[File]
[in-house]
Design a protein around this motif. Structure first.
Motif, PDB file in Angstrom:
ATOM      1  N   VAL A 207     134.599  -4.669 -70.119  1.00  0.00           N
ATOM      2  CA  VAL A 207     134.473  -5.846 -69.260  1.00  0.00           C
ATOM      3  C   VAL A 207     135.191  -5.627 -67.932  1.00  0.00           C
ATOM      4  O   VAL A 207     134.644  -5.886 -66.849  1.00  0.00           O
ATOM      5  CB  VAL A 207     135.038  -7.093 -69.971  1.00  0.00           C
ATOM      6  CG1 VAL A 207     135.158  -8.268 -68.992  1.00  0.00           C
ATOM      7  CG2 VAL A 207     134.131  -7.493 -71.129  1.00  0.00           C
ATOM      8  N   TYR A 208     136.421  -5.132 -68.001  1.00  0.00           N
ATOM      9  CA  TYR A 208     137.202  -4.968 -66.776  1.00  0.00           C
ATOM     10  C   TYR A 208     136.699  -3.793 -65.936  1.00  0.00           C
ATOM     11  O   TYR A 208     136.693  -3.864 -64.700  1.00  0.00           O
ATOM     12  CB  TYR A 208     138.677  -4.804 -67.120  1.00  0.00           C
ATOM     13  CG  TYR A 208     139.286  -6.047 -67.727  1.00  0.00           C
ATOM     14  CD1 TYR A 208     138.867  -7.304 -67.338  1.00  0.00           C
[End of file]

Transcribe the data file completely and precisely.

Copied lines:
[in-house]
Design a protein around this motif. Structure first.
Motif, PDB file in Angstrom:
ATOM      1  N   VAL A 207     134.599  -4.669 -70.119  1.00  0.00           N
ATOM      2  CA  VAL A 207     134.473  -5.846 -69.260  1.00  0.00           C
ATOM      3  C   VAL A 207     135.191  -5.627 -67.932  1.00  0.00           C
ATOM      4  O   VAL A 207     134.644  -5.886 -66.849  1.00  0.00           O
ATOM      5  CB  VAL A 207     135.038  -7.093 -69.971  1.00  0.00           C
ATOM      6  CG1 VAL A 207     135.158  -8.268 -68.992  1.00  0.00           C
ATOM      7  CG2 VAL A 207     134.131  -7.493 -71.129  1.00  0.00           C
ATOM      8  N   TYR A 208     136.421  -5.132 -68.001  1.00  0.00           N
ATOM      9  CA  TYR A 208     137.202  -4.968 -66.776  1.00  0.00           C
ATOM     10  C   TYR A 208     136.699  -3.793 -65.936  1.00  0.00           C
ATOM     11  O   TYR A 208     136.693  -3.864 -64.700  1.00  0.00           O
ATOM     12  CB  TYR A 208     138.677  -4.804 -67.120  1.00  0.00           C
ATOM     13  CG  TYR A 208     139.286  -6.047 -67.727  1.00  0.00           C
ATOM     14  CD1 TYR A 208     138.867  -7.304 -67.338  1.00  0.00           C